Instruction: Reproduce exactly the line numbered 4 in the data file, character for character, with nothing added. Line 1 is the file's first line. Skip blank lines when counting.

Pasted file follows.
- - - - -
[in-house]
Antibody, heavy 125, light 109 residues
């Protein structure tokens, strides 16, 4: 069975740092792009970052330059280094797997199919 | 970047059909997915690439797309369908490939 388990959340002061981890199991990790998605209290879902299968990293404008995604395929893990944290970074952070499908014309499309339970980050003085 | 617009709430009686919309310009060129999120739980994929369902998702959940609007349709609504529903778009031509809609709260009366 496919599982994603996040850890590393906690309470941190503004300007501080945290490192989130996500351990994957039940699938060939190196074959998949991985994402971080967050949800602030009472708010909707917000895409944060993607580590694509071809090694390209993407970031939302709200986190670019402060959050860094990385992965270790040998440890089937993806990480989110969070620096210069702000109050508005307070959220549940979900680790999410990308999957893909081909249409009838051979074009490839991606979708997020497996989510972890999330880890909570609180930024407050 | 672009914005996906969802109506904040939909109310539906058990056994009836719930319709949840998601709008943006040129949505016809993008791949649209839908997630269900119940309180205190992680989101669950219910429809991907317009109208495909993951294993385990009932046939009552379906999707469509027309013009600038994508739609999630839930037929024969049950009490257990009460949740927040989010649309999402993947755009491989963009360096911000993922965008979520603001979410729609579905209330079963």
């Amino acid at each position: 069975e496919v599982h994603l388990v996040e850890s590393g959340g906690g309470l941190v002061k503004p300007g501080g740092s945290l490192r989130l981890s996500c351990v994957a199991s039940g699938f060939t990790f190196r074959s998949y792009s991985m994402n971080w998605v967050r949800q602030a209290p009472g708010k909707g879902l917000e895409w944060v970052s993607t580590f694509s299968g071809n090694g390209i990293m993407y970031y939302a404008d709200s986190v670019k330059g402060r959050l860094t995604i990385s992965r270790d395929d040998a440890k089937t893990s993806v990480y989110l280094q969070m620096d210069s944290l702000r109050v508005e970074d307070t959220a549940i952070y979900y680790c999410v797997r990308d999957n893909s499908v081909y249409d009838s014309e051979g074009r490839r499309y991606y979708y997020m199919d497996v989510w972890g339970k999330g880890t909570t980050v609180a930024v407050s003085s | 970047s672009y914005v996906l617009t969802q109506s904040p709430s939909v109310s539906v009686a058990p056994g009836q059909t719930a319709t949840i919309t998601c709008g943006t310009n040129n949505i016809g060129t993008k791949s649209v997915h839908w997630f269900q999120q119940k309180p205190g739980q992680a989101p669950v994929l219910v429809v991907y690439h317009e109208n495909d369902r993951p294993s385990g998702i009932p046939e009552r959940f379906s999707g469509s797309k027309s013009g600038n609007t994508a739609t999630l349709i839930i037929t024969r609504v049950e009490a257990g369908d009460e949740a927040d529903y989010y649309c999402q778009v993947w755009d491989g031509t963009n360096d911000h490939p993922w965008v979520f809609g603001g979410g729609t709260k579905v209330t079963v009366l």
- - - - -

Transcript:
């Amino acid at each position: 069975e496919v599982h994603l388990v996040e850890s590393g959340g906690g309470l941190v002061k503004p300007g501080g740092s945290l490192r989130l981890s996500c351990v994957a199991s039940g699938f060939t990790f190196r074959s998949y792009s991985m994402n971080w998605v967050r949800q602030a209290p009472g708010k909707g879902l917000e895409w944060v970052s993607t580590f694509s299968g071809n090694g390209i990293m993407y970031y939302a404008d709200s986190v670019k330059g402060r959050l860094t995604i990385s992965r270790d395929d040998a440890k089937t893990s993806v990480y989110l280094q969070m620096d210069s944290l702000r109050v508005e970074d307070t959220a549940i952070y979900y680790c999410v797997r990308d999957n893909s499908v081909y249409d009838s014309e051979g074009r490839r499309y991606y979708y997020m199919d497996v989510w972890g339970k999330g880890t909570t980050v609180a930024v407050s003085s | 970047s672009y914005v996906l617009t969802q109506s904040p709430s939909v109310s539906v009686a058990p056994g009836q059909t719930a319709t949840i919309t998601c709008g943006t310009n040129n949505i016809g060129t993008k791949s649209v997915h839908w997630f269900q999120q119940k309180p205190g739980q992680a989101p669950v994929l219910v429809v991907y690439h317009e109208n495909d369902r993951p294993s385990g998702i009932p046939e009552r959940f379906s999707g469509s797309k027309s013009g600038n609007t994508a739609t999630l349709i839930i037929t024969r609504v049950e009490a257990g369908d009460e949740a927040d529903y989010y649309c999402q778009v993947w755009d491989g031509t963009n360096d911000h490939p993922w965008v979520f809609g603001g979410g729609t709260k579905v209330t079963v009366l």